Alton Evening Telegraph from Alton, Illinois on April 15, 1954 · Page 2
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Alton Evening Telegraph from Alton, Illinois · Page 2

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Alton, Illinois
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Thursday, April 15, 1954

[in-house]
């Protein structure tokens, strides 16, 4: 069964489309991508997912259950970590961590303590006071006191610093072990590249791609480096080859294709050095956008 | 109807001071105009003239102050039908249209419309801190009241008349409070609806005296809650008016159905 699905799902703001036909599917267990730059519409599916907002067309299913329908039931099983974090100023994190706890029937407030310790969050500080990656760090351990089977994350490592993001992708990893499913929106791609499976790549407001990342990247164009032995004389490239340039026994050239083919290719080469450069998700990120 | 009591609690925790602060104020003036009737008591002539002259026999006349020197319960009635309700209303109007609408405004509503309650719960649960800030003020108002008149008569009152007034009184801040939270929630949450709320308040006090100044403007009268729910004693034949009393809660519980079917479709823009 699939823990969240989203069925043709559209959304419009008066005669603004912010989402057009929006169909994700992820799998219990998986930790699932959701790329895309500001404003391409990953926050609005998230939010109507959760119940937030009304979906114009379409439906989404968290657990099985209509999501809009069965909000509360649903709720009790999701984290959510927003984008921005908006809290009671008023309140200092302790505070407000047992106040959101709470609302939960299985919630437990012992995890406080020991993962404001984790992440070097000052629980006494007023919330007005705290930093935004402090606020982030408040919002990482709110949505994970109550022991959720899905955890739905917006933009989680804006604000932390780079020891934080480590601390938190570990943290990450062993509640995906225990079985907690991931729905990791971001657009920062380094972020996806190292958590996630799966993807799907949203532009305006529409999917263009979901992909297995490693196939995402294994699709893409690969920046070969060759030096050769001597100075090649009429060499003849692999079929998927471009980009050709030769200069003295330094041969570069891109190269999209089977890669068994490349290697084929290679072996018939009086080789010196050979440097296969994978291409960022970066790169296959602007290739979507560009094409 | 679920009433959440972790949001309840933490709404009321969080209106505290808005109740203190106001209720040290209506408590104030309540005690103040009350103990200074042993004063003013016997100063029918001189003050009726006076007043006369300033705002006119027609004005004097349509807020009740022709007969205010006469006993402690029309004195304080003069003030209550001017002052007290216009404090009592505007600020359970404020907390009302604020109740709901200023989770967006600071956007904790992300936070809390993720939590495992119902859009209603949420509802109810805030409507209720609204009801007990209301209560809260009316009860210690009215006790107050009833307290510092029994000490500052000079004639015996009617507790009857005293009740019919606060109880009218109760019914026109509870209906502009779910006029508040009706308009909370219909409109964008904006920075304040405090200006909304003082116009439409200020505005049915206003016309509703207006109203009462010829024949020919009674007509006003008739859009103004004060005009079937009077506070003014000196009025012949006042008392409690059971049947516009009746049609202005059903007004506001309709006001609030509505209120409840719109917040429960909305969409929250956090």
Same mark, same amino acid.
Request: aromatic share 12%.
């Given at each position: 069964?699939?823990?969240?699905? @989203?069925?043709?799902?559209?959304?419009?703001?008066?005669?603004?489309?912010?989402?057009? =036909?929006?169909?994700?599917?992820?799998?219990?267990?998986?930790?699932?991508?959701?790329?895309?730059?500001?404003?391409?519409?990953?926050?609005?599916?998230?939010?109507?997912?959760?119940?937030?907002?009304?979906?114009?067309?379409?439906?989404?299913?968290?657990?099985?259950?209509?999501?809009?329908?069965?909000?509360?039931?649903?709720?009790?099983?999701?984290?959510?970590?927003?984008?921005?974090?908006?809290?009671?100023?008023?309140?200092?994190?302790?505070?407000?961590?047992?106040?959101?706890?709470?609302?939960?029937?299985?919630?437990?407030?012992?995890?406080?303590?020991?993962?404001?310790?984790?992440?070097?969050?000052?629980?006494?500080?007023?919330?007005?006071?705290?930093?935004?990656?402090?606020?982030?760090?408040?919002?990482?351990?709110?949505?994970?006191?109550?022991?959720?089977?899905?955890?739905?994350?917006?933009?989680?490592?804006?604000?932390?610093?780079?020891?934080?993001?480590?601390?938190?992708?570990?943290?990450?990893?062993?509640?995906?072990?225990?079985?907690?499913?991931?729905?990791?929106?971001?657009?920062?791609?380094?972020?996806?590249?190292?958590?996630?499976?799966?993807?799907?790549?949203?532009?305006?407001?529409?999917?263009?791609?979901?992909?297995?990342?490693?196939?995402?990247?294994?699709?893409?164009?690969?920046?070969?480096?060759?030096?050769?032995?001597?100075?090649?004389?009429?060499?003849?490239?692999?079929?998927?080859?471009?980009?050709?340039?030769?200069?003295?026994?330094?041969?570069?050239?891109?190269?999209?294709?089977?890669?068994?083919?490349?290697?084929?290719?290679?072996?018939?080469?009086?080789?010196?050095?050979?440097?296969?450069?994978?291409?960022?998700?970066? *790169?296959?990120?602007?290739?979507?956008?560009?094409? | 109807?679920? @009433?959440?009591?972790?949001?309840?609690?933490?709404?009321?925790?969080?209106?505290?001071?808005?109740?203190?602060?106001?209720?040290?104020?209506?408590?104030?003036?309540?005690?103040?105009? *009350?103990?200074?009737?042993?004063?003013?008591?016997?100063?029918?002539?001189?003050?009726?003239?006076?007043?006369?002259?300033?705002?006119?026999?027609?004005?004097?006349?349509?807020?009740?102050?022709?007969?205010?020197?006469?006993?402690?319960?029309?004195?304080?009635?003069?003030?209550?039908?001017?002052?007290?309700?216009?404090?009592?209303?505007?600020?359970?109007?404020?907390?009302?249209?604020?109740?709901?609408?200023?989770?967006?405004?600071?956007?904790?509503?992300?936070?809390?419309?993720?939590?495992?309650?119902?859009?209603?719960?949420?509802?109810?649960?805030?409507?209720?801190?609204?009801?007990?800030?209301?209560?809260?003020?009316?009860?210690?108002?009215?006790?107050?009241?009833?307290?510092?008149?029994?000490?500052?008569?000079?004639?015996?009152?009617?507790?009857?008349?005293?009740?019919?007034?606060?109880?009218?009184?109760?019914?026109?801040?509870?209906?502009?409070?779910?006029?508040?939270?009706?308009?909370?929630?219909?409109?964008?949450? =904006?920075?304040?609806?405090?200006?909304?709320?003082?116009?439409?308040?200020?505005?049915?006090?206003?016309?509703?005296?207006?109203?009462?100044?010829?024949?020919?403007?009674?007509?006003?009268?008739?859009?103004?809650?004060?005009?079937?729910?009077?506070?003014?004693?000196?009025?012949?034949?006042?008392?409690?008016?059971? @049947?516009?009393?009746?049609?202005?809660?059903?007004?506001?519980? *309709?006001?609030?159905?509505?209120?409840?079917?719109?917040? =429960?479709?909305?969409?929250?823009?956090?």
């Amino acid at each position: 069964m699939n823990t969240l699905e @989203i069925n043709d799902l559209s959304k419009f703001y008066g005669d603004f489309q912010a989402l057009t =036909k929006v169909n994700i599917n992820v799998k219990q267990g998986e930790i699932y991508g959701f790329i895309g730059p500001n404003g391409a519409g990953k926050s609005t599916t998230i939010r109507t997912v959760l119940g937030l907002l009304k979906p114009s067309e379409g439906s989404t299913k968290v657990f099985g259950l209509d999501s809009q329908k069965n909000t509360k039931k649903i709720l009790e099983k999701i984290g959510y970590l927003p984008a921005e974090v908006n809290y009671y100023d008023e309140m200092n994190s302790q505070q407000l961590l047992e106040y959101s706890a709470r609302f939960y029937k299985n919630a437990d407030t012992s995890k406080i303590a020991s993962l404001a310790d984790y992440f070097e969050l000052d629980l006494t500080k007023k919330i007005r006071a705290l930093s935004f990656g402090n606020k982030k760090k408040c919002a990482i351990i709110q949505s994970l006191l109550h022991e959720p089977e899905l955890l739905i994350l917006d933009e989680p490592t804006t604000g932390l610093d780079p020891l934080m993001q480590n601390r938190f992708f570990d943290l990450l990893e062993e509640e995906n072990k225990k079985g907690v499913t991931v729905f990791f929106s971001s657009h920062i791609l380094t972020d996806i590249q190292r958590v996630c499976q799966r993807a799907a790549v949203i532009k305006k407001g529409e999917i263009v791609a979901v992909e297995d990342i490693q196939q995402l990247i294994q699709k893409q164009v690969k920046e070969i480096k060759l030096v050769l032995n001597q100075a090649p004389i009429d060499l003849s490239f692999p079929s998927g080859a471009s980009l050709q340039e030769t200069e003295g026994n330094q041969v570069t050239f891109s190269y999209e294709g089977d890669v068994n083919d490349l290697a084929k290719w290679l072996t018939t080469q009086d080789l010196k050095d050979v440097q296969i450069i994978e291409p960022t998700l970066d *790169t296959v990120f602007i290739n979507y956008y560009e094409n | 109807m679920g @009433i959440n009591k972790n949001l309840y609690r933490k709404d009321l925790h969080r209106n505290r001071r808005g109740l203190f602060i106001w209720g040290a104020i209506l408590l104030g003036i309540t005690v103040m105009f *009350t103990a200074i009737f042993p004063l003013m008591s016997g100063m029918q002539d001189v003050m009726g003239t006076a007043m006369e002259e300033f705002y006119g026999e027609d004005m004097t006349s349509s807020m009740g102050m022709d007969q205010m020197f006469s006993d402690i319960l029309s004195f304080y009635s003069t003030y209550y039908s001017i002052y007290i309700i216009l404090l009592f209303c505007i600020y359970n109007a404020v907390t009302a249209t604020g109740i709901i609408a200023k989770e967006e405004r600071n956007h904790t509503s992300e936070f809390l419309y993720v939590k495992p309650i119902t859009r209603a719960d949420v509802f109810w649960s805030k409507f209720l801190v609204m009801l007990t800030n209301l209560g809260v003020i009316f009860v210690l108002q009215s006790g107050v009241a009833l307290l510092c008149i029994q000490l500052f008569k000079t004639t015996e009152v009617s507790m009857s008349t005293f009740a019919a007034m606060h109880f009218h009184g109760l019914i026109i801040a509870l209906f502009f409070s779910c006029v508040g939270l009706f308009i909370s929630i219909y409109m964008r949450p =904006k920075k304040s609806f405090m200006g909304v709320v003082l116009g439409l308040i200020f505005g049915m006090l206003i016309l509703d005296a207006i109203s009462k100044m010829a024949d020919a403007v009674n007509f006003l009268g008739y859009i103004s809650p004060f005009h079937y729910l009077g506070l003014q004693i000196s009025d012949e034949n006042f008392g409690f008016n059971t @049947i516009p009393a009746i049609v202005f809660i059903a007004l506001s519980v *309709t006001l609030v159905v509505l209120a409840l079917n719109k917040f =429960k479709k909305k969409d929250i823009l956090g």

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ALTON EVENING TELEGRAPH THURSDAY, APRIL 15, 1954 R n 11 tl rl -11 n S r °/' Coit f prater Lnbnrnrs Slutly IX U UIIU • D p S ~~- -~p- U^ M ^ fi n A lO-Cenl liicrwtsc i* in c i i Russia Trying lo Hani Keel At 19 Schools Pre-Regi^ration for ChilrlrenEntrring in Fall A complete schedule for this year's registration roundup of children expected to enter kindergarten in the fall «as announced today hy school district officials. Ijove.ioy opened the roundup Tuesday. DougMs will resume it nest Wednesday, April 21, at 1 p m. By thr roundup, the school hoard aims to accomplish a dual purpose. Primarily, it would comply with the state requirement of physical examinations lor new pupils entering schools. But in the process it hopes during the spring to gain as accurate as possible an idea of how many kindergarten entries to expect in the fall, at the same time orienting parents and children. The board can predict its kindergarten staffing needs only if it obtains ful] cooperation from parents In registering their children during the spring. Last year its summer plans were considerably dislocated by a heavy late registration in thr. fall, requiring that the board hire several additional teachers at a time of year when they are difficult to find. Supt. J. B. Johnson today ox- plained the setting of definite dates for the roundups in the various schools. On the dates announced, school nurses will be at th% schools to assist in the examinations. An effort will be made to concentrate the registrations at the scheduled times. However, if parents are unable 1o comply with the schedule, they may register their children at any time. The pressing need, Johnson said, is to register early. Mrs. J. H.Wedig, health chairman for the Alton District Parent Teacher Council, joined Superintendent Johnson in urging that the parents I'egister their . children this spring. Following is a list of the registration dates, arranged alphabetically rather than chronologically, so that parents can more easily find the time their schools are conducting the roundup: List of Schools Central, May 3, 1 p. m. Clara Barton, April 22 9 a.m., 12 noon, Clifton If ill May 6, 1 p. m. Delmar-McKinlcy, April 29, 1 p. m. Douglass, April 21, 1 p. m. Dunbar May 5, 1 p. m. Fosterburg-Sherfy. May 5, 1 p. m. Godfrey May "12, 1 p. m. Horace Mann, May 13, 9 a. m. Humboldt, April 27, 1:30 p.m Irving, May 26, 9 a.m. - 12 noon Lincoln, May 10, 3:30. Lowell, May .4, 1 p. m. Milton, April 28, 9 a. m.-12 noon Rufu» Easton, May 4, 1 p. m. J /i Summerfield, May 3, 1 p. m. Chincsr Into Disarmament A i Wood n i VMTF.n NATIONS N Y. ,T> - | .The Soviet Union is Irvine to rani :thc Chincsn Communists intn pn- 'vatc t'.N -sponsored hii: power (Its ; armament tnlks. The Ur-«t wani« -t.1 keep them out—and probably . c:m That situation cim-i'/ril from - \\ednc-.-da>'s inert in;,' n[ lite l'J-n:t I lion t'.N. Pisarinamenl Commis- ! sinn. Sir Pierson Dixon of Kritain in i l induced a resolution to nanv Hie ; United Stales, lite Soviet Union. | Britain. France awl Canada lo Hie [subcommittee to set up rlisarmn- \ ment talks. i Andrei Y. Visbinsky of the Soviet | Union said Communist Chin a. India nnd C/echoslovakia also should he included. Vishinsky held Mint Communist China belonged on Ihc body as a strong military power nnd a "legal" member of the 11-nation U N. Security Council which wltli Canada makes up the Disarmament Commission. Henry Ciihol Lodge ,lr. of the United Sliiles. said, "The United Stales opposes the inclusion of Communist China in the subcommittee for substantially the same reasons which cause us to oppose representation of Communist China in (he United Nations." France, New Zealand, Colombia and Denmark also supported the British proposal.Brazil and Turkey had spoken for It already, before Dlxon submitted it formally yesterday. This seemed to give the resolution 8 of the 12 voles on the commission, where only a mnjority is necessary for passage and the veto does not apply. Bui lifter several delegates said they wanted lime to reply lo Vishinsky, the debate was adjourned until Monday. Hints at Steps (Continued Krom I'IIRC t.) above set forth before the insli- :ution of any proceedings and he attendant publicity made by :he filing of legal or equitable arocecdings." Mayor Slruif said he had con- 'errcd with C. .1. Schlosser, audi- or, and learned it may be several weeks before Hie audit of park funds is completed because he tracing of accounts is a time- consuming task. Among other actions at its meeting Wednesday nighl, the City Council approved the surely bonds in amount of $500 filed by Dr. Oorclen Moore anil by City Judge 1.11. Streeper 111, to qualify as members of the Park Commission. ~The Great Falls, Mont., Ski Club had to cancel one of its races the other day. There was too much snow. IX-- -M n an John I.. Knijr Kitr? r.ontliirtrtl Today Kunr-inl riles ftir .I"lin I. Knic. XI, former 'iorlfrev Township ;i^i-syiir. who fii' 1 fl Mnnrlny. wf ruri'lm ii-rt nt I -.'fli p. in. toilny In Klin Si r P P I I't-Ps Cliim-h. vhPre IIP Karl rliaitf'r iiipmher and I'lrk-r UK ntii! 1 .. Tin' f'l-v. William li Kini- lirou^h, pastor of I li f ' »-huri-h. olliciali'd nt. the s'-ivic-. Miv A. II. Hermann was organist nnrl accompanist for Jumps Wilson, who "-ini; 'wo hymns, ln- li'iiiii'iil was in Valhalla MPIIIOI- ml I'nrk. Three church iiU'iuli'-is who hnd l>p<'ii officers of the chun-h nt 'lie lime Mr. Krug wns elder, nnd I href! niemhei* of DIP Old l''ellows lodge, were casket bearers. They were Warren Chap- 1 |>ee, Frank Kecles, Ivor Skipper, I Charles Schoeffpl, Kred Kulh nnd Herman Br WflOU KtVKfi -- A new offer by I he employe! s, Including a l(l-cenl hourly wa^e in<T''a."t". un> IK ir.K r-onsirlfK'd by the Wood Itivi-r l.nboiei s' l.oral today. The offer was nifulf by th r Construction Kmploycis Council Wednesday nficmoon during a : meeting . iill'-d by lie- f'F.C. The , i- o n I. i B i I off'-ied is f»r IS months, rrtronrtive \, t Keb. 21,expiration de.le of Ihe last con- i Iriii-l, which wns tor one yenr. j With the olfei, the contractors j rfi|ueslfrt that it be submitted to the en:ire membership of the Inrnl. A union spokesman said ft Urges On Tax Law Iliiinphrpy Says Bitsinrss Expansion Wails Windy With Showers By STRRMMi V. ORKKV WASHINGTON IP— Secretary of UK Treasury Humphrey today urped speedy congressional action nn President Eisenhower's big lax overhaul bill, saying much business expansion is waiting for it to become law. In a speech for Hie American Society of Newspaper Kditors at the opening of its three-day annual meeting here, Humphrey also said (he nation's economy is withstanding the downturn of military pro- i duct ion "remarkably well." j- "I am confident of the future ;:nd that we are not now headed membership ineeiinK will b" i for a depression," he told the ap- ciilled Friday or Saturday to act \ proximately 400 editors. FHA Hearing Union May 7. 9 a. m. Washington, May 11, 9 noon. n. m.-l (Continued From TURF* i.) s'on of Congress. Sen. Capehiirt <fl-Incli, Banking Committee chairman, said he talked lo the While House and ex- peeled to receive shortly a list of lit least 251 firms or individuals 'who were beneficiaries of big windfalls" aggregating 100 million dollars. "We'll gel the worst ones up here and put them under oath," he said in an Interview. lie also said he would "probably" confer with Ally. On. Brownell, at Brownell's request, on pus- hie imliclments which mighl i nun out of parallel probes by ie administration ilself, the Hunk- Committee nod the Senate louse Committee on Reduction of ^inessential F e d e r a I Expend!- iircs, bended by Sen. Byrd (D- 'a I. The Banking committee had ilanned lo start final work on a oiising bill next Tuesday. But vhal senators called "shocking ex- lo'sures" Indicated close scrutiny if both old and new sections in lie Hoimo-passed bill ajid grave loilbts whether the job could be inished in time for action during his Congress. Capoharl's committee was reported preparing un announcement luil it would start public hearings next Monday. Since the charges of widespread sea mini were first aired, two top FHA officials have left their jobs. The first to go was Guy T. O. llollyday, named last year by Eisenhower lo head the FHA. Wednesday nighl Norman P. Mason, acting FHA boss, announced he had accepted a request for retirement from Waller F. Greene, deputy FHA commissioner. Greene had been with the agency since 1037. on the. proposal. Ho said aside from HIP. wRgi! increase and the term of the contract, the offer includes Ihc same provisions as the previous contract. The present wa;;e scalp Is W.'2~i per hour. Members of I ho local have been on sir-Ike since March !J lo support their demand for hinder wuges. A previous offer of 5 cents per hour by I IIP CKC was rejected by the union membership. Council Approves (( oiillmird I'roin I'ngp I.) lenlion (Alt. Ml. (i7>. The city all-early has arranged lo pave and extend Front St. horn Ridge lo Central as an MI-T project lo provide a "lake off" from Allon on the projected slate highway, which would in elfccl extend MeAdums Highway 10 KM si Allon. Bv extending Missouri Avc.. cilv officials seek a way lo directly connect Broadway lo the proposed highway. This would be the only connection easl nl Omlrul Ave.. hero, and Chessen Lane, easl of Allon. Under a resolution by Alderman Parker-, the council directed the filing of the Owens-Illinois ngreemenl will) Ihc Plum St. vacation ordinance so as lo show there was, in effect, an cx- chaiige of rourlwny rights between, the city and the glass firm. (Inclusion of the Glass Co. offer in the vacating ordinance, 11 was explained, would have Ireen an invalid rn e t h o d of., handling the arrangement between the city and the company.) But he said fast passage of the \ broad tax revision measure now before the Senate Finance Com- rniltee would have "a tremendously helpful effect upon the economy." While the bill is basically a "long -overdue tax reform," the secretary said, "it can help greatly the current economic transition." The giant 875-page tax measure, already passed by the House, is now the subject of hearings before the Senate committee. As now worded it would ease the ta'x load on business and individuals by an estimated $1,'100,000,000 the first year. Humphrey said. "There are many business projects around the country which are being held up (•lending final decision on this revision bill. . . . When the bill is enacted, these new or expanding businesses win go ahead with their plans, which will result in the ere- ;ilion of thousands of jobs and the vital expansion of our economy." The Treasury chief decried what he called "loose talking" about recession and possible serious depressions ahead. Average employment in the past three months was 60 million,' 1 he said, the highest in any year except 1053, while personal Income and construction contracts are running well ahead of H year ago. U* •I NMteilaf ton i* *fl AiWIJOA.M. fit Apt! 1S,1«4 Creamed chicken looks pretty and tastes good with a lopping of diced ovocado. Use this topping for creamed eggs or creamed hum, too, if you like. The bland avocado is particularly good with the ham. There are 15,000 different species in the orchid family. 60 WEATHER BUREAU FORECAST — Scattered showers and thundershowers are forecast for tonight In the Middle Atlantic states, the Ohio and Tennessee valleys, the upper and middle Mississippi valley, central Texas and the Pacific, northwest. It will be generally fair elsewhere. In the central part of the nation it will be cooler.—(AP VVirophoto Map) Shippers' Forecast For Alton Vicinity Shippers' forccnist (200-mile radius of Altnn): Above freezing in all directions. Congress Highlights Public Hearings May Start Monday on FHA Scandal WASHINGTON /P—The Senate Banking Committee is said to be planning to slart public hearings ment $UMO,G02,6.y1 for the year starting July 1. This is 66 million dollars more than the department asked rocen 1 something unheard of in year-s. next Monday on the FHA scandal and President Eisenhower reportedly is ready to give the commit- j lee access to tax files bearing on Rp( ' nss ~ Thp IIollse clpans "P the situation. j rrunnr business in preparation for a 10-day Easter vacation. The McCarthy-Army — Unidentified witnesses are questioned in secret as investigating senators move toward public hearings on the feud between Sen. McCarthy (R-Wis) and high Army officials. The televised hearings are scheduled to open a week from today. Appropriations—The House passes and sends to the Senate a bill lo give the Agriculture Depart- Senate plans a shorter break. Make a savory garnish for rrwst chit-ken. Mix 6 tablespoons of catsup together with 2 tablespoons of brown sugar in a skillet; add 6 canned peach halves cut side down and simmer about 5 minutes. Serve hot. North Carolinians eat about 55 pounds of beef and 75 pounds of pork per person per year. Council Hears Traffic Code Amendments Given first reading in City Council Wednesday night was an ordinance proposing amendments' lo the traffic cock 1 . The ordinance would provide for one-way I raffic west on Bossa from Broadway to Washington; two-way traffic between Washington end Pearl, and ban all parking on the north side of Boz/.a in both soot ions. The ordinance also would limit parking on the west side c£ Oak, between Fourth and Fifth near St. Joseph's Hospital to cars of doctors only. Fisher Ousted As Attorney In Army Case » WASHINGTON P — Frederick G. Fisher, one of the special lawyers picked to help the Army in its flaming row with Sen. McCarthy (R-Wisi, is out of the job he- cause of former membership in thft National Lawyers Guild. J. N. Welch, chief of the battery of lawyers retained by the Army for the public airing of the dispute, confirmed the shift — and the reason for it — today as witnesses were called for secret questioning to lay groundwork for the planned open hearings. Welch said he dropped Fisher after learning of the former Guild membership, because "I didn't want a diversionary affair." The lawyers guild has been described by the House Un-American Activities Committee as "the legal bulwark of the Communist party." The collision between McCarthy and the Army is a side development in the senator's hunt for subversives in government, which recently has centered on the service. The man picked to take Fisher's place, Welch said, is John Kimball Jr. Like Fisher he is a lawyer with Welch's Boston firm. Welch said the shift took place over the weekend immediately following thft April 2 announcement that Fisher had drawn the assignment, and Fisher never did actually go to work on the case. Closed Door ({iiir. The closed door quiz session with witnesses was ordered after top Army officials filed their "bill of particulars" with the Senate investigations subcommittee Wednesday detailing; their accusations that McCarthy had used improper pressure techniques. An informed source said the new outline was "stronger against. McCarthy" than the original report which set off the inquiry. The subcommittee, putting on all the speed it can to get the public hearings started a week from today, would not name the witnesses to be questioned by staff members, nor even tell just where or when the session would be held. The subcommittee, working against time to get the public hearings started on schedule a week from today, declined to name witnesses called a closed session today, or to disclose just where or when they would be questioned. The first synthetic dye—mauve —was discovered in 1856. In 1953, the average value on U. S. bituminous coal as it came from the mines was S5 a ton. School's Out . for Easter of Series McCarthy Hurt Army Prestige Kdllor'i Note—The current Army -McCarthy controversy goes back to last September, when Sen. Joseph R. McCarthy demanded that the Army produce certain records. The Army refused. The. trouble reached a boil when Secretary of the Army Slovens culled n McCarthy statement "utterly untrue." Navy, Air Force and Defense' Department. r.ocK Biiok to Scpli'iulH-r Rut the current controversy reaches as far back as September By DON WHITK1IKA1) WASHINGTON IP — The bitterness of the Army's fight with Sen. Joseph R. McCarthy is rooted in a conviction of mcM) at the Pentagon that the Wisconsin Red-hun- It was in September that Me- Cnrlhy demanded thai the Army j Carl by furnish him the records showing who approved hiring of Army civil- Inns McCarthy said were suspected of being pro-Communist. First Army headquarters refused the names on the grounds Mint such a disclosure would violate n presi- wrole a memorandum on the meet ing for publication. In it, all present, in effect, agreed to McCarthy's demands — lo supply the names of everyone involved in Undisputed rase and lo see that I hey appeared as witnesses before Me- Tomorrow is Children's Day at.... DEPflRKMIlT 'SlORf dential directive issued by forme President Truman and never countermanded by P r c s i il o n t Ki- ter has damaged the integrity and prestige of the Army. For them the basic issue is one j senhower. of honor and pride. They regard as i From Hint time on, there a secondary matter in itself the j increasing friction between question of whether McCarthy and ' Carlhy and the Army. The his aides tried to got special treatment for a friend and former member of the McCarthy stuff, Pvt. G. David Schine. They contend McCarthy has was Mi-fuse '• was lit when the Army gave an j honorable discharge lo a reserve , major, Dr. Irving 1'eress. a dentist. j who haii declined to say whether ; he was ever a Communist. Peres.s questioned the loyally, honesty j received hi.s discharge at Camp and truthfulness of Army men to Kilmer. N. .1. the point of grave embarrassment. McCarthy called in Hrig. I'.en That is why, Pentagon sources Ralph /wicker. Camp Kilmer cciin- say privately, there has been an i mander. fur n,uestioninn. In a unrelenting hardness in the position of the Army's top men against McCarthy. As one officer put il: "You don't compromise when your honor is involved." Slt-\ens Cliuni|iiun From the Pentagon view-point it's McCarthy versus the Army, j orders from higher aulhonu. with Secretary Robert T. Stevens ! SU>VCID» Stepped In stormy clused-d'ior session, McCarthy questioned the 'honesty or intelligence" of '/wicker and told i him "you should l>e removed [rum : your command." /wicker contend-! eii that in ^iviiijj I'cress an honor- i able discharge he WHS act mi; under as the Army champion. I One highly placed civilian in the j Defense Department said in an | interview: j "The Army's morale lias dropped i and it has risen in past weeks in direct relation to Bob Stevens' readiness to fi^hi McCarthy. The soresl points with the Army in all the furore are: 1. McCarthy's tongue-lashing of a general officer, a World War- II hero, who McCarthy implied was not fit to wear his country's uniform. 2. McCarthy's charge (lie Army attempted to "coddle and promote" Communists and then tried to cover up for those responsible. 3. McCarthy's treatment of Secretary Stevens, to whom the senator once referred as "the finest &upe I've ever met." 4. McCarthy's accusation of "blackmail" and the charge that Stevens and Army Genera! Counsel This was the situation into which Stevens stepped. He accused Me ' Carthy of abusing and liuimliuting /.wicker. He ordered /wicker and ' another officer not to appear before ; McCarthy's committee. Stevens: said he himself would appear instead. ' M c C a r I h y lashed hack at Stevens. He accused the Army of" an "attempt to coddle and promote : Communists" and nl claiming "special immunity from legislative investigation and exposure of the ! malefactors." ; But, Stevens' friends say. the ; real issue at slake as far as the ; secretary WHS concerned was not ! Peress hut McCarthy's treatment • o! /wicker. Thcr followed the famous "mem- ' oranduin of undersiandini;" which 1 since lias been lagged by quipslcrs as the "memorandum of misun- ThmiKliI He Won Stevens cume from Ihc evidently thinking he bad won a victory—assurances that Army officers would not bo treated In the iulure as /wicker had been. Hut those assurances claimed by Slev- c-ns weren't in writing. Then came the blow-up — the memorandum was almost universally treated as a surrender. For a time there were rumors Stevens would resign. There were huddles in the \Vhitc House and on Capitol Hill. President Kisen | hower let it be known he was sup: porting S|e\cns. ; On the heels of this, the Army ' sen! certain senators nl their re- <|iiesl a report thai McCarthy and I his chief counsel, Koy M. Colin. ' had from time to lime applied ; pressure to yel special treatment for Pvl. Schine. Schine, the son 'of a wealthy hold man. had been an unpaid consllant on McCarthy's siall lielore he was inducled into I1 he Army. Tin' Army report brought from McCarthy a cry of "blackmail." In turn, he released several unsigned memoranda. One said thai i'l a meeting between McCarthy and Stevens and their aides las! Nov. R Stevens and Adams SIIK- uesied .McCarthy go after the other '•en-ices rather than the Army in his hunt for Reds. Gir/s are prettier than ever In Gately's new Easter styles . . . and my/ What values they are/ TOPPERS 7.98 Lovely litlle shorties .you'll love to wear right Ihrough spring . . . Soft cloudy pastels thai hletid right Into seiihnn . . . Styled and tailored just like Mother's. SUITS 7.98 Budget priced »uiU fur the little Miss. Tailored In the newest fabrics . . . And In the season's newest colors. Beautifully rayon lined. Called 'HiistiiKt'' Another said that Adams had described Schine as a "hoslagu"- whu might not get along well 'in service if McCarthy caused the Army any trouble. Tin 1 memoranda. McCarthy s-iiid, came from committee files. Stevens termed Ihcin "utterly untrue'''' Here was a clear-cut issue: one side or the other was lying-Il is this issue which has stirred this capital as no other contro- \ersy m years II is the issue which Senate investigators arc expected lo dig into in their corning inquiry—and perhaps lo find the 'truth. A good many people, including {lenslanding." Secretly on Fob. li-J, Stevens went • some of McCartliy's'colleagufS John G, Adams tried to get the'io the Capitol and met with Re-|ihc Senate, think the inquiry ci>u)d McCarthy subcommittee to shift its j publican Senators McCarthy, Karl I be the crossroads oi the McCarthy lnve*tnjatlon from the Army to the i Mundt and Everett Dirkscn. Mundt' career. Gatelys Headquarters tor famous JVame CHILDREN'S SHOES Buy the bc*t for no more , All leather htj let* that give month* of rugged wear . . \Vt> have a nice selerUun for boy or Kills In all Priced . , . also a very complete line oi lalaats' Shoes. Bring the youngsters down'early . . . ahead of the last minute crowds. Dress every one of them up, from toddlers to teens, in the newest Easter finery . . . at the happiest little prices in years! YOUTH CENTER Second Floor—Take Elevator » We'll sweeten up your Sweeties with FREE CANDY as our Easter treat/ Faster Favorites for little men give long, long wear, easy car* and styled just like Dad's/ SUITS 16.95 Shop Gately'B and see how easy it will hf to suit your young man from our large selections. Styled and tailored juit like Dari'i. SHIRTS 2.95 Easier time U dress up time and that meani 3 white shirt for the Eaater parade. Extra fine quality broadcloth . . . Fully Sanforized. DRESSES 4.98 New pretty style* that will lead the Easter Parade You'll find a wide range culor» to »clcct from at Gately'i. SPORT COATS 16.54 If you're looking then tee these . . . _Jhal you'll like . . detail. for a handsome sportcnat In colorful tweed mixtures . Smartly tailored tn every SKIRTS , , , 2,98 BLOUSES ,, 1,48 SWEATERS, 2,98 HATS , , 2,98 PURSES , 1,48 SPORT SHIRTS FANCY SOCKS DRESS SUCKS SWEATERS . , NECKWEAR , , III! 1,29 ,49 5,95 2,95 .79 USE GATELY'S P.B.A. LIKE CASH TODAY NO DOWN PAYMENT 10 MONTHS TO PAY! Cutely'* uill extend you SKA Coutinuout credit up to. "V If it 1* convenient for $c you to pay etu-h month. * *IOP*HO»tOO